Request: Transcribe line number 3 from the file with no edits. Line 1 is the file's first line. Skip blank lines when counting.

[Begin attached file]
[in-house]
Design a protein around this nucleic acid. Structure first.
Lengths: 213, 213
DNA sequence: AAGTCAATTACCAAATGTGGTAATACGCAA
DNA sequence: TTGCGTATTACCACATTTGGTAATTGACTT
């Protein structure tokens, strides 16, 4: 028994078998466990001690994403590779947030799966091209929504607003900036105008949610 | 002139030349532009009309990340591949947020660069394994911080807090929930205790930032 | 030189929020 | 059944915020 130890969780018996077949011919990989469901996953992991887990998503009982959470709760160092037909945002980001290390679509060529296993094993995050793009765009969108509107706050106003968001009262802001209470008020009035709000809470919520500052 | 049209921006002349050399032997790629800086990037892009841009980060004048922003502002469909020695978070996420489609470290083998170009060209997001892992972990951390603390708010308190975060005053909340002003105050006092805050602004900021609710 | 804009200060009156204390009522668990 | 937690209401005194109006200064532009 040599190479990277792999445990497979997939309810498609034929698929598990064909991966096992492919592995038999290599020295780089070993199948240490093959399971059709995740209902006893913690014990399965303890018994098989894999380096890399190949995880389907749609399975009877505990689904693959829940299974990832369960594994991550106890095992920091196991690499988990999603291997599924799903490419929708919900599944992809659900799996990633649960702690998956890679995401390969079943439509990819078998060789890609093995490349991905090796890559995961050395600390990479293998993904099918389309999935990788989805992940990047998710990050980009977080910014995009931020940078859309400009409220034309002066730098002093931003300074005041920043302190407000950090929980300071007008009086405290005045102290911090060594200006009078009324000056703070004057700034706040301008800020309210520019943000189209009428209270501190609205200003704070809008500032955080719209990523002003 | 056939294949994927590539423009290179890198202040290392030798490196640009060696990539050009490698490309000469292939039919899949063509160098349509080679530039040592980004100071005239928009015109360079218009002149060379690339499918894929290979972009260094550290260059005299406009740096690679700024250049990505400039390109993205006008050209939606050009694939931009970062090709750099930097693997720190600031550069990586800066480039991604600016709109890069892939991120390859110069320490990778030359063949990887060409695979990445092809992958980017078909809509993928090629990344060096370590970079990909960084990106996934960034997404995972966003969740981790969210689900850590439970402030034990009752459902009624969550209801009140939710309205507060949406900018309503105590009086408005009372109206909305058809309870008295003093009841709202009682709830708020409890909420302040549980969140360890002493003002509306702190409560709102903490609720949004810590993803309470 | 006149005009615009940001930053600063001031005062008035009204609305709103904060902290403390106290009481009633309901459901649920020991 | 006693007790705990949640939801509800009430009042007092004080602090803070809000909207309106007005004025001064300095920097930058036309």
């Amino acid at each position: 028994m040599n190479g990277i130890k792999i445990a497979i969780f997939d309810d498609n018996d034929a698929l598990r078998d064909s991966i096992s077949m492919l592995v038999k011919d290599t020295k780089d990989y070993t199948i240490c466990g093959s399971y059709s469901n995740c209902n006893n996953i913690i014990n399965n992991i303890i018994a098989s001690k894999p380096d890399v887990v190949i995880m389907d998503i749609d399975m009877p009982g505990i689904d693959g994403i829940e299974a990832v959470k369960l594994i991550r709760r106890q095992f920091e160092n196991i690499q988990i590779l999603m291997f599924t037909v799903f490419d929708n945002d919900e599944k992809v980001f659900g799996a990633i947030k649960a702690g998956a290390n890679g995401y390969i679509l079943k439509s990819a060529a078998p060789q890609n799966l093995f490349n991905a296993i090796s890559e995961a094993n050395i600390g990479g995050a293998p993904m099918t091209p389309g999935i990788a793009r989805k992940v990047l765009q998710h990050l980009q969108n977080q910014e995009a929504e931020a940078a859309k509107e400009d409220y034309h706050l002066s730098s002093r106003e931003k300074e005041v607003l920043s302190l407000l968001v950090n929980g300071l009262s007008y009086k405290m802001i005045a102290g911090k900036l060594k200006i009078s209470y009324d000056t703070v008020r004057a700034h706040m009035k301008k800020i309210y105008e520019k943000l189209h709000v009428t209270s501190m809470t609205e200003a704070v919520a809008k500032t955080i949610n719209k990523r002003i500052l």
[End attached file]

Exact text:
Lengths: 213, 213